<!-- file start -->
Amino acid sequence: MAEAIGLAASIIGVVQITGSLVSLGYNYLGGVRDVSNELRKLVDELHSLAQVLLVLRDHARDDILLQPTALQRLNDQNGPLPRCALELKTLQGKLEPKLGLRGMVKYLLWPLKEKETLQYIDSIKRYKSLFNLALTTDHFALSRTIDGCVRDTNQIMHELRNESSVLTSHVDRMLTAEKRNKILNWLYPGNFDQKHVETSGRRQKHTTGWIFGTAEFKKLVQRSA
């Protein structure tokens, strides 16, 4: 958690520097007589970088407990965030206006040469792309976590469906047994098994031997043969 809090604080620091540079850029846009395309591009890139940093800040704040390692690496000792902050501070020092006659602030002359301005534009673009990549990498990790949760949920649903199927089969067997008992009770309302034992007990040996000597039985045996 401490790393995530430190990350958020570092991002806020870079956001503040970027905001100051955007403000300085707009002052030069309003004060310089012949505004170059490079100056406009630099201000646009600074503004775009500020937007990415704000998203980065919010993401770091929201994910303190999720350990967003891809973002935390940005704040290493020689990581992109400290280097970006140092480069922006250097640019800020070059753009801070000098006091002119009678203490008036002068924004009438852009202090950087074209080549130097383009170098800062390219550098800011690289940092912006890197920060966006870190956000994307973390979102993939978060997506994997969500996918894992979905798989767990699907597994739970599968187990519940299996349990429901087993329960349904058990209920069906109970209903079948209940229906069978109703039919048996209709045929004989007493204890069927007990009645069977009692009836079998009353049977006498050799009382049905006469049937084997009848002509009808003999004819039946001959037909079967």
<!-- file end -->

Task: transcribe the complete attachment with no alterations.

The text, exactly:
Amino acid sequence: MAEAIGLAASIIGVVQITGSLVSLGYNYLGGVRDVSNELRKLVDELHSLAQVLLVLRDHARDDILLQPTALQRLNDQNGPLPRCALELKTLQGKLEPKLGLRGMVKYLLWPLKEKETLQYIDSIKRYKSLFNLALTTDHFALSRTIDGCVRDTNQIMHELRNESSVLTSHVDRMLTAEKRNKILNWLYPGNFDQKHVETSGRRQKHTTGWIFGTAEFKKLVQRSA
């Protein structure tokens, strides 16, 4: 958690520097007589970088407990965030206006040469792309976590469906047994098994031997043969 809090604080620091540079850029846009395309591009890139940093800040704040390692690496000792902050501070020092006659602030002359301005534009673009990549990498990790949760949920649903199927089969067997008992009770309302034992007990040996000597039985045996 401490790393995530430190990350958020570092991002806020870079956001503040970027905001100051955007403000300085707009002052030069309003004060310089012949505004170059490079100056406009630099201000646009600074503004775009500020937007990415704000998203980065919010993401770091929201994910303190999720350990967003891809973002935390940005704040290493020689990581992109400290280097970006140092480069922006250097640019800020070059753009801070000098006091002119009678203490008036002068924004009438852009202090950087074209080549130097383009170098800062390219550098800011690289940092912006890197920060966006870190956000994307973390979102993939978060997506994997969500996918894992979905798989767990699907597994739970599968187990519940299996349990429901087993329960349904058990209920069906109970209903079948209940229906069978109703039919048996209709045929004989007493204890069927007990009645069977009692009836079998009353049977006498050799009382049905006469049937084997009848002509009808003999004819039946001959037909079967």